I’m not a big fan of vitamins and other supplements, I believe that a proper diet can supply almost all the micronutrients needed for a healthy life. Fatty cuts of grass fed beef are one of the most nutrient dense food on Earth, liver once a week is a great way to add all the vitamin B12 you need, plus the best possible form of vitamin A (no, carrots don’t have any vitamin A), folic acid and iron.

But when our ancestors moved from the sunny savannah to different latitudes, they started suffering from the lack of vitamin D. Vitamin D is produced by our body through exposure to the sun light: the ultraviolet B component of the light (UVB) is absorbed by the skin, which produces vitamin D3 from 7-dehydrocholesterol (7-DHC), a chemical precursor of vitamin D.

Of course the amount of vitamin D3 produced depends on the intensity of the UVB light, the amount of skin exposed to the sun and the time of exposure: a dark skinned person will require significantly longer exposure than a fair skinned one to produce the same amount.

So, why do we need to add vitamin D3 to our diet? Well, for once because the modern lifestyle keep us indoor most of the time, and the maximum production of vitamin D3 in the skin happens during the central hours of the day, when the sun is high and there is the highest concentration of UVB radiation. So, unless you are in the habit of getting naked in the park at lunchtime every day, and you live not too far from the Equator, your vitamin D production won’t be even close to the amount necessary to stay in good health.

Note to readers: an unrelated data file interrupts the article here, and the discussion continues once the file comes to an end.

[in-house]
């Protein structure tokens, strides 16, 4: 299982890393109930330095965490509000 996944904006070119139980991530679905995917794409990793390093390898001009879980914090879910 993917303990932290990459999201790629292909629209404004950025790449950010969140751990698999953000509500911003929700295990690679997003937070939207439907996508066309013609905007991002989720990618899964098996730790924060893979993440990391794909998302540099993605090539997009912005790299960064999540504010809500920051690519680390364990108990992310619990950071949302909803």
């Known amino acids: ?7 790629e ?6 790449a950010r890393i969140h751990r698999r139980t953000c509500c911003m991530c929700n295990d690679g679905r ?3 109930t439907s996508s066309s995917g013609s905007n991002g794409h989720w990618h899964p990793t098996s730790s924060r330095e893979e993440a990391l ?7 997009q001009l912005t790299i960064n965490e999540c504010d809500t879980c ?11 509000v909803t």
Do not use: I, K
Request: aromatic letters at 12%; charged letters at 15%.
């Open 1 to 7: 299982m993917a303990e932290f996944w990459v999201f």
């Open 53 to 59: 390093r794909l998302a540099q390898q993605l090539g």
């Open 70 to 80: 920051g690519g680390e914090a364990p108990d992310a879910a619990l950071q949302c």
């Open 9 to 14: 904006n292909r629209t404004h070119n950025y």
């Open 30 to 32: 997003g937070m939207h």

Another factor that strongly limit our UVB exposure is the fact that UVB rays cannot penetrate glass, the sunlight has to hit the skin directly to be ale to start the production of vitamin D3, and there are also some studies that shows how UVA light (that can easily pass through glass) can actually destroy the vitamin D3 present in our skin cells.

The amount of vitamin D3 to take daily is usually 10.000 UI, more or less the amount that you can produce with an hour of exposure to the sun of 80% of your body in Summer during the central hours of the day.

Luckily, vitamin D3 supplements are quite cheap, and the best one are gel capsules with Extra Virgin Olive Oil (stay away from the one with seed oils!).

It’s always good practice to assume vitamin K2 together with vitamin D3 (or if you spend quite a lot of time under the sun): this vitamin is able to direct calcium to where is needed, that is bones and teeth instead of arteries. Vitamin K2 is present in many food, like most of fermented vegetables like sauerkrauts, cheese made with raw milk (I know, you can’t make them here in Australia, but there are several imported from France and Italy on the Australian market) and green leafy vegetables.

Leave a Reply

Your email address will not be published. Required fields are marked *